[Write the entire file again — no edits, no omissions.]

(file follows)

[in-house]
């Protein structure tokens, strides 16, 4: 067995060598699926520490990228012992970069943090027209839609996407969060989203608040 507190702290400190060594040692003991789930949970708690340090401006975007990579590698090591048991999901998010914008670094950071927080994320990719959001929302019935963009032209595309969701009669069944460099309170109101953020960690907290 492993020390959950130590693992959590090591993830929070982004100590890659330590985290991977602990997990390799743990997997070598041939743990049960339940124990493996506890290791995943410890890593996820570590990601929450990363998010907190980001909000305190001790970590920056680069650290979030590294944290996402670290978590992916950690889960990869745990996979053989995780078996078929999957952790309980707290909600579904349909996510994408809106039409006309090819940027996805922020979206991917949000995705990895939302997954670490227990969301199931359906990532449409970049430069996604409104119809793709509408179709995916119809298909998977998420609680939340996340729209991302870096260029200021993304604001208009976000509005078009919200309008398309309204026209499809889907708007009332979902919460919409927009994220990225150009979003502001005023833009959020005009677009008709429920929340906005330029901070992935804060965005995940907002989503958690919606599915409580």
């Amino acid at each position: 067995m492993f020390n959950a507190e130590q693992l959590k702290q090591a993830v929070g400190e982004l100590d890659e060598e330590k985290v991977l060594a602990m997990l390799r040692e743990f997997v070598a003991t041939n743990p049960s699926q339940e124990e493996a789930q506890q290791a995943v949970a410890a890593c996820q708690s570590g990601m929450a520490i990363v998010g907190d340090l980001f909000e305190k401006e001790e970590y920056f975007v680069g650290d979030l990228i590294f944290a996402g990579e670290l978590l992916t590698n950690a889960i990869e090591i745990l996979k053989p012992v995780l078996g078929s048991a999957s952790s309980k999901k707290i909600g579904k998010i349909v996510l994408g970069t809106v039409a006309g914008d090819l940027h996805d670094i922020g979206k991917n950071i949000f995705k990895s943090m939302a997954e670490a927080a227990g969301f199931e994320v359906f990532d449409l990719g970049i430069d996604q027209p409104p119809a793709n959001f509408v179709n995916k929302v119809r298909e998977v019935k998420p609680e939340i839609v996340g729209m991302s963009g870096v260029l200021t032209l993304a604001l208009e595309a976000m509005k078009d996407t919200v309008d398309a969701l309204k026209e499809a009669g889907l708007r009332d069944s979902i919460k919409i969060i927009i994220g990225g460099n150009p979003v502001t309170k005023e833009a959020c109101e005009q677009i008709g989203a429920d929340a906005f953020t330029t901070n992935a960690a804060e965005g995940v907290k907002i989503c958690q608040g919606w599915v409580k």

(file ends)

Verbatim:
[in-house]
């Protein structure tokens, strides 16, 4: 067995060598699926520490990228012992970069943090027209839609996407969060989203608040 507190702290400190060594040692003991789930949970708690340090401006975007990579590698090591048991999901998010914008670094950071927080994320990719959001929302019935963009032209595309969701009669069944460099309170109101953020960690907290 492993020390959950130590693992959590090591993830929070982004100590890659330590985290991977602990997990390799743990997997070598041939743990049960339940124990493996506890290791995943410890890593996820570590990601929450990363998010907190980001909000305190001790970590920056680069650290979030590294944290996402670290978590992916950690889960990869745990996979053989995780078996078929999957952790309980707290909600579904349909996510994408809106039409006309090819940027996805922020979206991917949000995705990895939302997954670490227990969301199931359906990532449409970049430069996604409104119809793709509408179709995916119809298909998977998420609680939340996340729209991302870096260029200021993304604001208009976000509005078009919200309008398309309204026209499809889907708007009332979902919460919409927009994220990225150009979003502001005023833009959020005009677009008709429920929340906005330029901070992935804060965005995940907002989503958690919606599915409580």
């Amino acid at each position: 067995m492993f020390n959950a507190e130590q693992l959590k702290q090591a993830v929070g400190e982004l100590d890659e060598e330590k985290v991977l060594a602990m997990l390799r040692e743990f997997v070598a003991t041939n743990p049960s699926q339940e124990e493996a789930q506890q290791a995943v949970a410890a890593c996820q708690s570590g990601m929450a520490i990363v998010g907190d340090l980001f909000e305190k401006e001790e970590y920056f975007v680069g650290d979030l990228i590294f944290a996402g990579e670290l978590l992916t590698n950690a889960i990869e090591i745990l996979k053989p012992v995780l078996g078929s048991a999957s952790s309980k999901k707290i909600g579904k998010i349909v996510l994408g970069t809106v039409a006309g914008d090819l940027h996805d670094i922020g979206k991917n950071i949000f995705k990895s943090m939302a997954e670490a927080a227990g969301f199931e994320v359906f990532d449409l990719g970049i430069d996604q027209p409104p119809a793709n959001f509408v179709n995916k929302v119809r298909e998977v019935k998420p609680e939340i839609v996340g729209m991302s963009g870096v260029l200021t032209l993304a604001l208009e595309a976000m509005k078009d996407t919200v309008d398309a969701l309204k026209e499809a009669g889907l708007r009332d069944s979902i919460k919409i969060i927009i994220g990225g460099n150009p979003v502001t309170k005023e833009a959020c109101e005009q677009i008709g989203a429920d929340a906005f953020t330029t901070n992935a960690a804060e965005g995940v907290k907002i989503c958690q608040g919606w599915v409580k």